“I actually had a mom ask me in all seriousness why we don’t milk the bulls,” said Casey, “I then tried to explain that similar to human females, only female cows have the correct parts for producing milk.”

MELISSA COLLMAN, CLOUD CAP DAIRY

Beyond the innocent and funny questions like whether boy cows make milk, Melissa expressed concern that students often echo some bizarre myths about dairy farming spread on social media and blog posts.

A student approached Melissa on a tour about rumors he heard about strange ingredients in milk. “So I milked a cow in front of this little boy, and he got to see for himself,” she said. “He was shocked.”

“It’s really important that we as farmers help educate consumers and future generations,” she said. “The funny questions and comments I hear on farm tours just reaffirm that any time we spend with the kids is time well spent.”

Catch a glimpse of some children discovering a dairy farm for the very first time in the video below.

 

If You’re in Business for 100 years, You’re Doing Something Right

Farming is not just a business, it’s a legacy. Passed down from generation to generation, it’s a timeless tradition of caring for land and animals.

On Saturday, August 25, at the Oregon State Fair, this great heritage was celebrated by recognizing twelve farms and ranches from eight different Oregon counties as Century Farms. Two farms even reached Sesquicentennial status, which marks 150 years.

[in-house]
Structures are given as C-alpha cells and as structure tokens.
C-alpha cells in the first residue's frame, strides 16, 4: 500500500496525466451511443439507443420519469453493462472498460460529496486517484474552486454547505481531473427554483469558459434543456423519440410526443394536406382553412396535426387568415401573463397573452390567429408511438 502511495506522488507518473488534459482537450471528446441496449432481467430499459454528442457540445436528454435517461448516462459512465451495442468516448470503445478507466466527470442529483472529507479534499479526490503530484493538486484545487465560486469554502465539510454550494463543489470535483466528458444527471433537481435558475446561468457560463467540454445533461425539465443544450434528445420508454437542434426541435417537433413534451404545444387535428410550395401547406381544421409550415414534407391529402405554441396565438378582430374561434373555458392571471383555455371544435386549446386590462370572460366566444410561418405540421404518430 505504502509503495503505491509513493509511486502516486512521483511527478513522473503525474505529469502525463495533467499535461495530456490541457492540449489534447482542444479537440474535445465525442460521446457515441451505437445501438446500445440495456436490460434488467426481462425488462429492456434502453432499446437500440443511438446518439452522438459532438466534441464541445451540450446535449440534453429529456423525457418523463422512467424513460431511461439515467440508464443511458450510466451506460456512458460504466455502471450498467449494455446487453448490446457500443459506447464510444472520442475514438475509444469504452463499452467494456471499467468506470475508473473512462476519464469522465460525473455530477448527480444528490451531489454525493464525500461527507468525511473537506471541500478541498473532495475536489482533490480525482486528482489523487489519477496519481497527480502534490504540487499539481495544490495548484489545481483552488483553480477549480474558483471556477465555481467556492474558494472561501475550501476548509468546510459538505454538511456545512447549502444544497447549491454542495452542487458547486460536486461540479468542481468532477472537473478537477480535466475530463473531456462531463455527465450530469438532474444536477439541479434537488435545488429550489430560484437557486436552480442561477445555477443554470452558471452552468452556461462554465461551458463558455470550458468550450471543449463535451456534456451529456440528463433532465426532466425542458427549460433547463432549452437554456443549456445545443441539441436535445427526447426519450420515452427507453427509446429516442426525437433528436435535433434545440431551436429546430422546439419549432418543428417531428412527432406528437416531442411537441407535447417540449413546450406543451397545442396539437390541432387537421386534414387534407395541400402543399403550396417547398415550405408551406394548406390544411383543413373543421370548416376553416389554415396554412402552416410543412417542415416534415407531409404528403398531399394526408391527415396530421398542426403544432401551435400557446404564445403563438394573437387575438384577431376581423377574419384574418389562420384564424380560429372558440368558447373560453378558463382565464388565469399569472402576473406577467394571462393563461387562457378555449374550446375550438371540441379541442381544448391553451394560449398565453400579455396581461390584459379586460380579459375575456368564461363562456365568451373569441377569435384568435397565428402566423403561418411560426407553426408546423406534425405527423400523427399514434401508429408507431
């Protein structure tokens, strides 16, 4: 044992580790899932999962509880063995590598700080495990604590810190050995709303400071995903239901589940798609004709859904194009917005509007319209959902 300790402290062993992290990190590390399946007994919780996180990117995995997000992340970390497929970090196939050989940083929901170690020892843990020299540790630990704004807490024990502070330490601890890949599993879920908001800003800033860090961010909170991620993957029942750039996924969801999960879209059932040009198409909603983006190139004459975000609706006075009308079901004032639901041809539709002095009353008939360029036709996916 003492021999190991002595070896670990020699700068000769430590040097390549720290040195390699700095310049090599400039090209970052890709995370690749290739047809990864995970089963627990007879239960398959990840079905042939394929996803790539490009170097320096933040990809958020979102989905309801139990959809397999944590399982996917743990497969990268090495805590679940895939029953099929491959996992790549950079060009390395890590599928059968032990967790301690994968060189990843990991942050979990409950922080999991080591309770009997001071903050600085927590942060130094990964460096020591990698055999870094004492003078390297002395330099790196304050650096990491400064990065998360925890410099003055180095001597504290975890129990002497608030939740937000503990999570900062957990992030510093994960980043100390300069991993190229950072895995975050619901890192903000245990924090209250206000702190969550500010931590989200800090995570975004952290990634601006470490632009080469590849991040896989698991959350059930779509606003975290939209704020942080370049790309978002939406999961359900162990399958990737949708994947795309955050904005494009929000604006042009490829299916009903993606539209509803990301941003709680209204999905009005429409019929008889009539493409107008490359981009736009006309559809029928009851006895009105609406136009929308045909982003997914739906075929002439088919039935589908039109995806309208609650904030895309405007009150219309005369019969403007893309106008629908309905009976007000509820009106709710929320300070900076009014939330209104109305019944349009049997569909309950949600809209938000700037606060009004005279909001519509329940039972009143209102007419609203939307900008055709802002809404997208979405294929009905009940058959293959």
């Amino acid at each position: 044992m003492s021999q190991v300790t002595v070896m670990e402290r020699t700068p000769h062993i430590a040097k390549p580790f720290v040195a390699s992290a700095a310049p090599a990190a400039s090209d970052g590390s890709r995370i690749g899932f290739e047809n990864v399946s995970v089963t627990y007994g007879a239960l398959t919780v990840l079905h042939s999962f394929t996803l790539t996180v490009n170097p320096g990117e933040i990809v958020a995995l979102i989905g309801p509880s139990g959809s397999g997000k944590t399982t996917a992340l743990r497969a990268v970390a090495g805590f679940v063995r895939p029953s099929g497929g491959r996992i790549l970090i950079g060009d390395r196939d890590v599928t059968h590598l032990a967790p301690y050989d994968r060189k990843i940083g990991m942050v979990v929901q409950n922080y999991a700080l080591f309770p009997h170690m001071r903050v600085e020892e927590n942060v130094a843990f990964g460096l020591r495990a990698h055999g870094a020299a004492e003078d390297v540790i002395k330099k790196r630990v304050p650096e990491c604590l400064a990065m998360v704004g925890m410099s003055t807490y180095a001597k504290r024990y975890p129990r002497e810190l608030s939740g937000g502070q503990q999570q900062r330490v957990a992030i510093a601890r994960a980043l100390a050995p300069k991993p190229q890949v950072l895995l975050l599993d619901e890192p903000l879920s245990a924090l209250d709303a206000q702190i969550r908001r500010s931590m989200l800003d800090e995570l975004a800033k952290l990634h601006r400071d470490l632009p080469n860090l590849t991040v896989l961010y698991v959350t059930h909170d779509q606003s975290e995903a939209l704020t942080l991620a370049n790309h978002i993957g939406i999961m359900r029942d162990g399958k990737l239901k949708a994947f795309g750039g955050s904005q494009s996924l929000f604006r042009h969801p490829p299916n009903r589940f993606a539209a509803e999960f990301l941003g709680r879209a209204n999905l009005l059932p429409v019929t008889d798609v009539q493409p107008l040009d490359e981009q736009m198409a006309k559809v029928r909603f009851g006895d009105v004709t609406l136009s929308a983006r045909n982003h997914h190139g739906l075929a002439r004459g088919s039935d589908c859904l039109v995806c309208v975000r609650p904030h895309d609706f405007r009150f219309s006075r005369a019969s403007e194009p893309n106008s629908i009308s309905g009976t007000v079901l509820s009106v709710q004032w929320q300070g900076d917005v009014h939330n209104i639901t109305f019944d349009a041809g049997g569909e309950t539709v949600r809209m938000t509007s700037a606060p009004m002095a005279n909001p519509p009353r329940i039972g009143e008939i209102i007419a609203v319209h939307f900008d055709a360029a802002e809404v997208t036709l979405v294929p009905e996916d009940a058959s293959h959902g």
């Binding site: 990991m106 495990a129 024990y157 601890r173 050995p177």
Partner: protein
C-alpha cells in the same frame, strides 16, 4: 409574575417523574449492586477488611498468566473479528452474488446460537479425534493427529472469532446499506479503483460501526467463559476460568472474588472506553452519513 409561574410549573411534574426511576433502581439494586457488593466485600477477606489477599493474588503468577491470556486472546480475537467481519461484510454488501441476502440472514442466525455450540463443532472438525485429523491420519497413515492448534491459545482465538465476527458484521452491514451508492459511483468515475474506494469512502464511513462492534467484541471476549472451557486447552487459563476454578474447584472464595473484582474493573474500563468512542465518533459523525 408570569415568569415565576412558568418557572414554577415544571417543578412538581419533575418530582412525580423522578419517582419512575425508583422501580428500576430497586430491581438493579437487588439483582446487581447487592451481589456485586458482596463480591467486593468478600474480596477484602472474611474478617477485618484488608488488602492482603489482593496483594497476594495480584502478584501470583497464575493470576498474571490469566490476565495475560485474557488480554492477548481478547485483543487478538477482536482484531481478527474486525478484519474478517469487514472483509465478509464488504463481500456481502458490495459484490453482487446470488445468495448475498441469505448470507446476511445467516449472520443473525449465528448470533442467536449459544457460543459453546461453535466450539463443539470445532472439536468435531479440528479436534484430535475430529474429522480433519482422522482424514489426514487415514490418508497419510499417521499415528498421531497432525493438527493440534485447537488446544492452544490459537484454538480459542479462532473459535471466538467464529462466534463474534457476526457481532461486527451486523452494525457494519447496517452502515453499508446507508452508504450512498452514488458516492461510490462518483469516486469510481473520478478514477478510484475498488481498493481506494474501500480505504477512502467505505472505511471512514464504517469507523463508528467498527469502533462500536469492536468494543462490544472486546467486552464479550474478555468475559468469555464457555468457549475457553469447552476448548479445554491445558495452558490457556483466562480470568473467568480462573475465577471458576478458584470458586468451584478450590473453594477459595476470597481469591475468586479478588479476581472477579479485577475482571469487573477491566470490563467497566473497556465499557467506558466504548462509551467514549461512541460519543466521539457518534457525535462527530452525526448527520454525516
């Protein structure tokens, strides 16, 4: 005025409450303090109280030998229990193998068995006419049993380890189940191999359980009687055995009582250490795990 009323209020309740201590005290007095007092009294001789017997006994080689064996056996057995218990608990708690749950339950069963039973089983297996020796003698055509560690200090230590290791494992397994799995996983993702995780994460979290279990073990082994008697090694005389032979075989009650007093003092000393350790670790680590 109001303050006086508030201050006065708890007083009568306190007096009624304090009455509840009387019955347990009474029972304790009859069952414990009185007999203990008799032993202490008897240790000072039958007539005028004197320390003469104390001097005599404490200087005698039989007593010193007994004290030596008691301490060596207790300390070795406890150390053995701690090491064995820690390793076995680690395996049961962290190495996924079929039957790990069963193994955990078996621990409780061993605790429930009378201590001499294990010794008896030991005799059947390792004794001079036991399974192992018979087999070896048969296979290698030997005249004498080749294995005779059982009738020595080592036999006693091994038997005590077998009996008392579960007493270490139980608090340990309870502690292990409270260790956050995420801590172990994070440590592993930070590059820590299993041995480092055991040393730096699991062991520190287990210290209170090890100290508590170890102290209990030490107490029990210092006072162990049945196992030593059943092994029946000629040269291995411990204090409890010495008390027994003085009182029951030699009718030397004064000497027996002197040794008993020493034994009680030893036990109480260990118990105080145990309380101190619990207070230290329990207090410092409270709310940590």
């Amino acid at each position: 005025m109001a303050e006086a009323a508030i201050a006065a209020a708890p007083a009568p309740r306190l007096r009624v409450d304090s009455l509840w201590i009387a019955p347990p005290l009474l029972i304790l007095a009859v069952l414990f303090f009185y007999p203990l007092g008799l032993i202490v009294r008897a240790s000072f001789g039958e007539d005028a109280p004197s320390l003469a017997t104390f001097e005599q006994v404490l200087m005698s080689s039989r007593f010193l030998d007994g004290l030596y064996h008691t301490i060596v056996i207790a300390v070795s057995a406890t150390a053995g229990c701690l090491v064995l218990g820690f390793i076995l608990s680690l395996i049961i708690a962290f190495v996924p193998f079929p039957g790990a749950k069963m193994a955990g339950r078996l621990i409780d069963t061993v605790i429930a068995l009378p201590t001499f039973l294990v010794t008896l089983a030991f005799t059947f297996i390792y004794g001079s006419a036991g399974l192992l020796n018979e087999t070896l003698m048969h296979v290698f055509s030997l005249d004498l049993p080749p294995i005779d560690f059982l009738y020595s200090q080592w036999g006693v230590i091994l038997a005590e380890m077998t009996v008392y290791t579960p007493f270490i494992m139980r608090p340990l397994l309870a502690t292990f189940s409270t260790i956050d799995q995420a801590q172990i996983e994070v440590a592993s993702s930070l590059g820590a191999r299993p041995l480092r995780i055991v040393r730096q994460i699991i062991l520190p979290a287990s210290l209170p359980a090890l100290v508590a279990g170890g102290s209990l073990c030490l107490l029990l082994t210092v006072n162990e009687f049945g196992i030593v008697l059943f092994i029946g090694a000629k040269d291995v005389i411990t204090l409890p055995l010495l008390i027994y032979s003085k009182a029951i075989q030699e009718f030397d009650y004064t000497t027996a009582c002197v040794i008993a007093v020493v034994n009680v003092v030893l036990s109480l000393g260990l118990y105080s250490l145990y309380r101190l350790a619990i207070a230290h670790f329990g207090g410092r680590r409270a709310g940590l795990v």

Farms are recognized as Century Farms when the same family has worked the same land for at least 100 years. There are now 1,212 Century Farms and Ranches and 41 Sesquicentennial Farms registered in the state of Oregon.

Two of the farms awarded Century status this year have been dairy farming in Tillamook since 1918.

Wilsonview Dairy was founded by Alfred Josi when he and his brother John, who immigrated to the U.S. from Switzerland, made a lease to own agreement with George and Mary Durrer. The farm’s main focus for 100 years has been dairy farming, and is now run by Alfred’s grandson Don, and great-grandson Derrick.

Just down the road, and distant cousins to the Wilsonview Farm, Tilla-Bay Farms was founded by Fred and Gotfried Josi with 24 cows and 34 acres. They added the first free-stall barn and parlor in Tillamook County, and have continued to farm on the cutting edge, also being the first farm in the western U.S. to install robotic milking machines in 2010. The farm is now run by Bart and Terry Mizee and Kurt Mizee. Terry is the granddaughter and Kurt is the great grandson of founder Fred Josi.